Under our feet: The Earthworm

Firstly worms are classified as either epigeics, anecics or endogeics where;
Epigeics are agents of comminution and fragmentation of leaf litter and are phytophagous, not having an effect on the soil structure as they do not dig.
Anecics feed on leaf litter mixed with the soil of the upper horizons and are geophytophagous.
Endogeics live within the soil and drive nutrition from organically rich soil and are geophagous.

Of the three types of Earthworms the epigeics and anecics are utilized for worm farming. That is; contained, protected (from rain and rodents) and fed to produce rich castings (vermicompost) and urine (vermiwash) which are continually harvested. Earthworms that miss the shovel and evade the early bird live on average for 15 years.

Utilising Earthworms for composting
Earthworms derive nutrition from organic matter in the form of plant matter, living protozoa, rotifers, nematodes, bacteria, fungi and other microorganisms, as well as decomposing remains of small and large animals.
Most of their nutrition is derived from large amounts of soil that pass through their gut before ejecting rich castings. The earthworm ‘burrows’ through the soil by eating it’s way through the soil or pushing through crevices leaving these burrows cemented with mucous secretions and ejected castings, yes…ready for the organic plant.
Upon feeding contained worms there needs to be no acidic foods and in this, no meat added to the container. The indicative most popular vinegar fly indicates a level of acidity. The vermiculture needs to be always kept relatively moist and not wet.
A chemical analysis of ejected castings show two times as much available magnesium, five times as much available nitrogen, seven times as much available phosphorous and eleven times as much available potassium. Furthermore, the number of bacteria and actinomycetes in ingested material increased up to 1000 fold while passing through the gut of the earthworm and casts contain enzymes which help break down organic matter even after they are excreted.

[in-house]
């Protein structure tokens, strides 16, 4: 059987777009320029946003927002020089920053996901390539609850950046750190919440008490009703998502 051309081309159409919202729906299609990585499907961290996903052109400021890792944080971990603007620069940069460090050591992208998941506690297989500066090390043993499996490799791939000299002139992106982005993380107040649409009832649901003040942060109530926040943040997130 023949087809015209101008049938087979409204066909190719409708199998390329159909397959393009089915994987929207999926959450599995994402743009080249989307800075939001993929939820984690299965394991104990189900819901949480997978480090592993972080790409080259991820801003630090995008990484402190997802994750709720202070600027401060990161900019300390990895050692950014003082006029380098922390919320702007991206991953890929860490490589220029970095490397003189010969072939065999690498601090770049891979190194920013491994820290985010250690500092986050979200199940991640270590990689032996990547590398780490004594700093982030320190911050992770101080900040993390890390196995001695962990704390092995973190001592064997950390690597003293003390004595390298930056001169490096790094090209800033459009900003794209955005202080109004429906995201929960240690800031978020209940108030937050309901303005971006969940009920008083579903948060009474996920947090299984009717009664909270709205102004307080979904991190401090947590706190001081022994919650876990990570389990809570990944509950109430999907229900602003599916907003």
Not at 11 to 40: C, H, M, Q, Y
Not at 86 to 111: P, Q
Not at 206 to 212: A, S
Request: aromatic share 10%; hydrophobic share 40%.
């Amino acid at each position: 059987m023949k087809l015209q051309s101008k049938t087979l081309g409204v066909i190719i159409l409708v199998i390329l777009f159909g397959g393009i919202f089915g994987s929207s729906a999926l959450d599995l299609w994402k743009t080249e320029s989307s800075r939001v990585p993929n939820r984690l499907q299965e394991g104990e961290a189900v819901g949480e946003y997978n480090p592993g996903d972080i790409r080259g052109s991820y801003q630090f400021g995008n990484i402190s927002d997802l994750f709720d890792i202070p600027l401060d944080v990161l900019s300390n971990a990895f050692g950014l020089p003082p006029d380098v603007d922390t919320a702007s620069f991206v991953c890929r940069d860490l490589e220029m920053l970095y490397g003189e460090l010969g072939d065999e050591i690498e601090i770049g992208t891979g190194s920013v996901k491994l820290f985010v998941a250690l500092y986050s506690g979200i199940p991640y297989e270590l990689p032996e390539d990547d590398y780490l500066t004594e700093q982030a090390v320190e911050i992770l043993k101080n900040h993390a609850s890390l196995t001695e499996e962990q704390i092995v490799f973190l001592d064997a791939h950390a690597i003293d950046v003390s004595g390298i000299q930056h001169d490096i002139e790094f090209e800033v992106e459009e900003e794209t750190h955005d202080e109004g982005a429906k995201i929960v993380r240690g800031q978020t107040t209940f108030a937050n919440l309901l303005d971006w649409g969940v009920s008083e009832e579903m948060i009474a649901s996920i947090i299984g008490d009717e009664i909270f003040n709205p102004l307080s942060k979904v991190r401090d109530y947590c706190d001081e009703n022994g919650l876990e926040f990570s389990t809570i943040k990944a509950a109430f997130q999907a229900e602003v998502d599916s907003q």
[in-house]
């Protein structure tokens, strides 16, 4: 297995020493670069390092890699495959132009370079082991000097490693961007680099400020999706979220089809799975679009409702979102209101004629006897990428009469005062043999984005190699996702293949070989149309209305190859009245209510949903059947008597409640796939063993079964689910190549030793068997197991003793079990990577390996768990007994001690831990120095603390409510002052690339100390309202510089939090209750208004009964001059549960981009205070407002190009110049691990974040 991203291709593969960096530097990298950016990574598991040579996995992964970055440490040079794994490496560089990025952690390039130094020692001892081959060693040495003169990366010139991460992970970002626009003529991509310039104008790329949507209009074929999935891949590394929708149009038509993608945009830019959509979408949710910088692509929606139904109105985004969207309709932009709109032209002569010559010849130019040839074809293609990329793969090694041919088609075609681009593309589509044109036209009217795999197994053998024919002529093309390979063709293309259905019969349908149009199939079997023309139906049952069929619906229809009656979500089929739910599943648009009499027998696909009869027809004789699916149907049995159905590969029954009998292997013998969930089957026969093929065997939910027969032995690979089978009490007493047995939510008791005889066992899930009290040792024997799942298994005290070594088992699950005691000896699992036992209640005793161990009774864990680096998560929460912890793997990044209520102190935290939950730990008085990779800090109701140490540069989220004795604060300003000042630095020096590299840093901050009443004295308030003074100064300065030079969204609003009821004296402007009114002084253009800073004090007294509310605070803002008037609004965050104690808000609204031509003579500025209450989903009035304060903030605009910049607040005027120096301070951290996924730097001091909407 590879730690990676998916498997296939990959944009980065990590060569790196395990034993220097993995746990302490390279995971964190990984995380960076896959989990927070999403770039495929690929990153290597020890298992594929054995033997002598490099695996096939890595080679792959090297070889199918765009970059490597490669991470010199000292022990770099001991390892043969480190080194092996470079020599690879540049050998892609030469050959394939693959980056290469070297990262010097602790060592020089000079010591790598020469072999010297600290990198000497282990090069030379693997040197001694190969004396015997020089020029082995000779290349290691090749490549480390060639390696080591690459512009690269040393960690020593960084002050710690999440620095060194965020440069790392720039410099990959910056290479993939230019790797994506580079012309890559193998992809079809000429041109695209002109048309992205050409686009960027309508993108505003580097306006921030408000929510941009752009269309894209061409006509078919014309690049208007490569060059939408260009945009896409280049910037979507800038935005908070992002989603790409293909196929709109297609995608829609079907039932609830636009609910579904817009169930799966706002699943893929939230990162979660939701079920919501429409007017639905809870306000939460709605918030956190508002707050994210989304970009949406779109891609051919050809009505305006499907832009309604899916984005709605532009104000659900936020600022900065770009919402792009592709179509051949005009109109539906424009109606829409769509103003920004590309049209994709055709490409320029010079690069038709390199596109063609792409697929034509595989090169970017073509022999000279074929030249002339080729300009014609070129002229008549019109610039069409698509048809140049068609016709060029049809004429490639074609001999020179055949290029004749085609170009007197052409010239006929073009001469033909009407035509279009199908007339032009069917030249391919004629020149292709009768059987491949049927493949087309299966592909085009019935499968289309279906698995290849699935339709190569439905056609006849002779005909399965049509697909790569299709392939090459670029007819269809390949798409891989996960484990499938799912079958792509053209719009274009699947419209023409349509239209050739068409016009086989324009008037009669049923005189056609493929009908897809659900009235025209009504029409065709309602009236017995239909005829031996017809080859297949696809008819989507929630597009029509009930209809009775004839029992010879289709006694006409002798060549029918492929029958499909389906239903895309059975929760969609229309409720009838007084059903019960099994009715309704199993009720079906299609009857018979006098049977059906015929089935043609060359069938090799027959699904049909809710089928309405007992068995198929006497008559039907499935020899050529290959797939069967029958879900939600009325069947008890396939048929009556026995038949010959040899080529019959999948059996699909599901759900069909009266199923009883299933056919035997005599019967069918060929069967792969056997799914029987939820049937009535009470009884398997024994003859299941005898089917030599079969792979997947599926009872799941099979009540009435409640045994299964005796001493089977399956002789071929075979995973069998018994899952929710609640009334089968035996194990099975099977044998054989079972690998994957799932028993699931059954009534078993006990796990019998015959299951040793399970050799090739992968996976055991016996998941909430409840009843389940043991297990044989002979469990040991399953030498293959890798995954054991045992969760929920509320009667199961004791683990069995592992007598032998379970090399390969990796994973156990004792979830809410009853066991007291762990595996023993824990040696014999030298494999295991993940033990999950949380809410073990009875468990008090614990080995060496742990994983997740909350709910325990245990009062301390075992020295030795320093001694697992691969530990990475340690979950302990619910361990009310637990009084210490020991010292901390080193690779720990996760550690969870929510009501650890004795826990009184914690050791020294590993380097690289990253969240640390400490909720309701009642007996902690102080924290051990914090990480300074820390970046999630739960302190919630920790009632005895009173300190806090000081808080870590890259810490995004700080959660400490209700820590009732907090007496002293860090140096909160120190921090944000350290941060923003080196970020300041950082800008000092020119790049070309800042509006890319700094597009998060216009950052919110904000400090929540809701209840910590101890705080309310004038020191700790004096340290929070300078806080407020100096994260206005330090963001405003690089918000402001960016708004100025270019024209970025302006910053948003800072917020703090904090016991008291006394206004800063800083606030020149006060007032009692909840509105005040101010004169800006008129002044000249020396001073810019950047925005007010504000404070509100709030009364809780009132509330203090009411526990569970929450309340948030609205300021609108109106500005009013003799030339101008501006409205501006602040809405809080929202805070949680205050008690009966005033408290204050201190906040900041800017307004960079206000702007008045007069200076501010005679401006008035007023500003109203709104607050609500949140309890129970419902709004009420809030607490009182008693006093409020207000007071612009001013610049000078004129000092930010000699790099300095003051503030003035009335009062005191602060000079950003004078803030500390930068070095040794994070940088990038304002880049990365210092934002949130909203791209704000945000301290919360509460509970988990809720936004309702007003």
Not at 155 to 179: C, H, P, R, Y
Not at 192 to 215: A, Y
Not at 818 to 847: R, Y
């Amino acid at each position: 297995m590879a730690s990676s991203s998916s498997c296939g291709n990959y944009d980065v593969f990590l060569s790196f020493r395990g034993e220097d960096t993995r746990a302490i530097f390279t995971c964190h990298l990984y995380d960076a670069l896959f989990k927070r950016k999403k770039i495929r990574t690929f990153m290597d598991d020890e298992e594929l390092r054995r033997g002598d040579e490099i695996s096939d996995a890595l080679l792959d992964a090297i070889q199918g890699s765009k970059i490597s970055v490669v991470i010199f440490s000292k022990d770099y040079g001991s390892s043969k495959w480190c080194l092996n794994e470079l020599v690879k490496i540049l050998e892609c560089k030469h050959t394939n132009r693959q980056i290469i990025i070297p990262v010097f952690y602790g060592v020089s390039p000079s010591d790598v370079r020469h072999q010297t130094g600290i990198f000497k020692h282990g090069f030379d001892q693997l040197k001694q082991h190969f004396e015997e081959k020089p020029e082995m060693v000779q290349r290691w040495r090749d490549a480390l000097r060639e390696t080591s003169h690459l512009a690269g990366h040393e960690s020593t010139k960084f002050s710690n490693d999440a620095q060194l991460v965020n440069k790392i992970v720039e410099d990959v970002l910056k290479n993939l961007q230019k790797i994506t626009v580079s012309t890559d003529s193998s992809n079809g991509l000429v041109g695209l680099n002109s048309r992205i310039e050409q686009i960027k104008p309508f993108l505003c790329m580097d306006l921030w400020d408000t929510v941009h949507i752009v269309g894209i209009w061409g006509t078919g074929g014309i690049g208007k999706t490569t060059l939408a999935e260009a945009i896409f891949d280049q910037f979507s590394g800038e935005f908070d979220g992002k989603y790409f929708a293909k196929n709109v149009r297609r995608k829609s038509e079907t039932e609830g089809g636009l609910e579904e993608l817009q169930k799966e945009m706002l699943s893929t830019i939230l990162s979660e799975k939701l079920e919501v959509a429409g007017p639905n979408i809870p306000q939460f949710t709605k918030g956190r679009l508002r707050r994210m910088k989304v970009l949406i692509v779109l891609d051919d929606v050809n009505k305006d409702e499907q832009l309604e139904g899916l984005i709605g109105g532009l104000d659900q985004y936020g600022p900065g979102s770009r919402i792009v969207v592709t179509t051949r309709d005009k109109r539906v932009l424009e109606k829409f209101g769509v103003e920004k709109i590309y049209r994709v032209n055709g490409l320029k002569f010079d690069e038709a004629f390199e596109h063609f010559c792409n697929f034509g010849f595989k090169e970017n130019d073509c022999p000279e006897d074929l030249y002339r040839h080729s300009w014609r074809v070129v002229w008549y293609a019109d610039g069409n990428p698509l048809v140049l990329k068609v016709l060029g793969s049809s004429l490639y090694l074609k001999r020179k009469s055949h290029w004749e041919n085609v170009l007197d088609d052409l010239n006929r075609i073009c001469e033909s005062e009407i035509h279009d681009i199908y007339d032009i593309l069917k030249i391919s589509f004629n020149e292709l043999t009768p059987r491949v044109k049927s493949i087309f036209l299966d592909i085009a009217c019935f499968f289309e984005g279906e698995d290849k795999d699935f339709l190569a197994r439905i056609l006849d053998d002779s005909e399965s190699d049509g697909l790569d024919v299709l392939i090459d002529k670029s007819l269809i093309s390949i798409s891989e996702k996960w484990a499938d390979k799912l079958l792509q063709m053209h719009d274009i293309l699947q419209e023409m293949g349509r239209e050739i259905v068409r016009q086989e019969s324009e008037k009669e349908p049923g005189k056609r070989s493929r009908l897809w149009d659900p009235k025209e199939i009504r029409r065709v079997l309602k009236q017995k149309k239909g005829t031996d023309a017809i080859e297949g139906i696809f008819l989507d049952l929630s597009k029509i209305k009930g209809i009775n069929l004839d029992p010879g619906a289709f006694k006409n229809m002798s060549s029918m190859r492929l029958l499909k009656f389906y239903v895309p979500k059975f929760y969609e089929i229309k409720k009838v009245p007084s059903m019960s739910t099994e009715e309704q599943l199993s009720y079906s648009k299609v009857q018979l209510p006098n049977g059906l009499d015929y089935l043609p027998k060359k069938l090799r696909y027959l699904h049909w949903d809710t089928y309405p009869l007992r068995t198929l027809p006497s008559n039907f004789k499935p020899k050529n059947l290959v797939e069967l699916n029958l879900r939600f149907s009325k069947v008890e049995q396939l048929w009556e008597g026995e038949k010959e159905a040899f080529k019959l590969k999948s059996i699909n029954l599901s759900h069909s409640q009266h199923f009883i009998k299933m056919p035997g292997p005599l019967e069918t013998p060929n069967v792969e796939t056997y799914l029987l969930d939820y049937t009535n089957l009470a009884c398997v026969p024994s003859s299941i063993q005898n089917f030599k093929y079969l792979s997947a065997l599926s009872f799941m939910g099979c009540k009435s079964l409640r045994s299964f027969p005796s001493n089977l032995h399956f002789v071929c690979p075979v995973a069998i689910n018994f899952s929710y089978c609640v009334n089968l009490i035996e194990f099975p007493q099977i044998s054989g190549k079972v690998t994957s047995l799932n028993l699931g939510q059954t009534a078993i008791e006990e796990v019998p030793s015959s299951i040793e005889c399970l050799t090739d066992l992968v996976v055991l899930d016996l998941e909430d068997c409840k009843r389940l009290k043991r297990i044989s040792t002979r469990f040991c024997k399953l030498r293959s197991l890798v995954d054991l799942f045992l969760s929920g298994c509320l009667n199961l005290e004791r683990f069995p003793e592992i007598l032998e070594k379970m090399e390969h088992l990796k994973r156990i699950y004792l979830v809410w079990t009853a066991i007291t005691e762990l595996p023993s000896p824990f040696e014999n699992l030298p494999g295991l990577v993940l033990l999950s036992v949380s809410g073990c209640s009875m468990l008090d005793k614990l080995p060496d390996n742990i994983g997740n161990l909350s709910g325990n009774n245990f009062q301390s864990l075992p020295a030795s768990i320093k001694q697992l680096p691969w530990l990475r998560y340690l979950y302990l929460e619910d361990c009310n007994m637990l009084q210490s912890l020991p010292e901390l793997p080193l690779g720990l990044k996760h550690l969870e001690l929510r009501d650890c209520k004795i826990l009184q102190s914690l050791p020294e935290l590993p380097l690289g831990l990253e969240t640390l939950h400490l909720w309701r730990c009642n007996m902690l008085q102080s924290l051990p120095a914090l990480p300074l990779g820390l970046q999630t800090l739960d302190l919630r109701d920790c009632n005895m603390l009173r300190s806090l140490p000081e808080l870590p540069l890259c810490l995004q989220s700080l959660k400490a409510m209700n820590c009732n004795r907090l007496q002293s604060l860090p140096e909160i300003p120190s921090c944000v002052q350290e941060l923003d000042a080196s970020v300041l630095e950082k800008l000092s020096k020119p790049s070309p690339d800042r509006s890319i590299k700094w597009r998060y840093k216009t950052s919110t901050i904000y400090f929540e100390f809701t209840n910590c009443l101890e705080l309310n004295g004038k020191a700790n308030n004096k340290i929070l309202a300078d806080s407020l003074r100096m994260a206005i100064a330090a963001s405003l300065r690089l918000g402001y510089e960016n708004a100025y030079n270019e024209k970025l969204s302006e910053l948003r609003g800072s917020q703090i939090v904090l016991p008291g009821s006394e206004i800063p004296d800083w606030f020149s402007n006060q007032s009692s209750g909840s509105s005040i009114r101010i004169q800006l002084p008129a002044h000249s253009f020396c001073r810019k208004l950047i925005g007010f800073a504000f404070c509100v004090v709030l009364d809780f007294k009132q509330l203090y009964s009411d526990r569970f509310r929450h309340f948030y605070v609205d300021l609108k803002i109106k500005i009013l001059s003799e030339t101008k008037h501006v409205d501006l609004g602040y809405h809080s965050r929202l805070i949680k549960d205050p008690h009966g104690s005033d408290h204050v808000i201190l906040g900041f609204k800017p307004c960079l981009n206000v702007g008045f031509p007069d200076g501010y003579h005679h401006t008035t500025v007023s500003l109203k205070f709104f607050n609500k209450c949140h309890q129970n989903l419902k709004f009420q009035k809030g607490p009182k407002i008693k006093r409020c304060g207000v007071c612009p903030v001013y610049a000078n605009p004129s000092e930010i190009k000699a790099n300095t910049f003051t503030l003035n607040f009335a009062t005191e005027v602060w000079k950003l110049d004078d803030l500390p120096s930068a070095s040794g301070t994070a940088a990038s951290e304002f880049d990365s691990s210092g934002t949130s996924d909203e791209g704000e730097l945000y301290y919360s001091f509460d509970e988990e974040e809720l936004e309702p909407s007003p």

Earthworms can regenerate their posterior or anterior segments of their bodies, the posterior part of mature worms and younger worms regenerating quicker. If too many segments are lost they will die.

Two mating individuals copulate and exchange sperm before laying cocoons that contain eggs with the number (3+) depending on the species. Cocoons are formed in the clitellum (the swollen ‘neck’ of the anterior segment that differs in size, shape and colour depending on the species) and thus indicates maturity of the ‘not so little’ worm.

Saha Astitvas utilization of worm farming
Initially we sewed together a piece of plastic (sourced from Mumbai) 2m x 3m into a rectangular container supported with bamboo stakes with an inserted tap (to drain the vermiwash) at one end. We choose a position under a remnant thorn tree which provided shade and relatively flat ground.
Lining the bottom of the container with a bedding of soil and hay we preceded to introduce the 1.5kg of worms bought from a not too distant farm. With a covering of newspaper and hessian we maintained the moisture in the compost everyday with a bucket or watering cans to keep it relatively moist and not wet.
As the worms proceeded to eat at work we had one infestation of red ants which we controlled with cashew oil and a hungry rat which we kept out by providing extensive covering. Continual feed and water heralded success when we came to harvest nearly the entire container full with vermicompost before the monsoonal rains.
As the clouds blessed the soil with rain time was short and the worms have found themselves in a split barrel placed together horizontally, covered with chicken wire and a plastic roofing (the plastic still allowing aeration).

I say a glass of organic existence to the worms!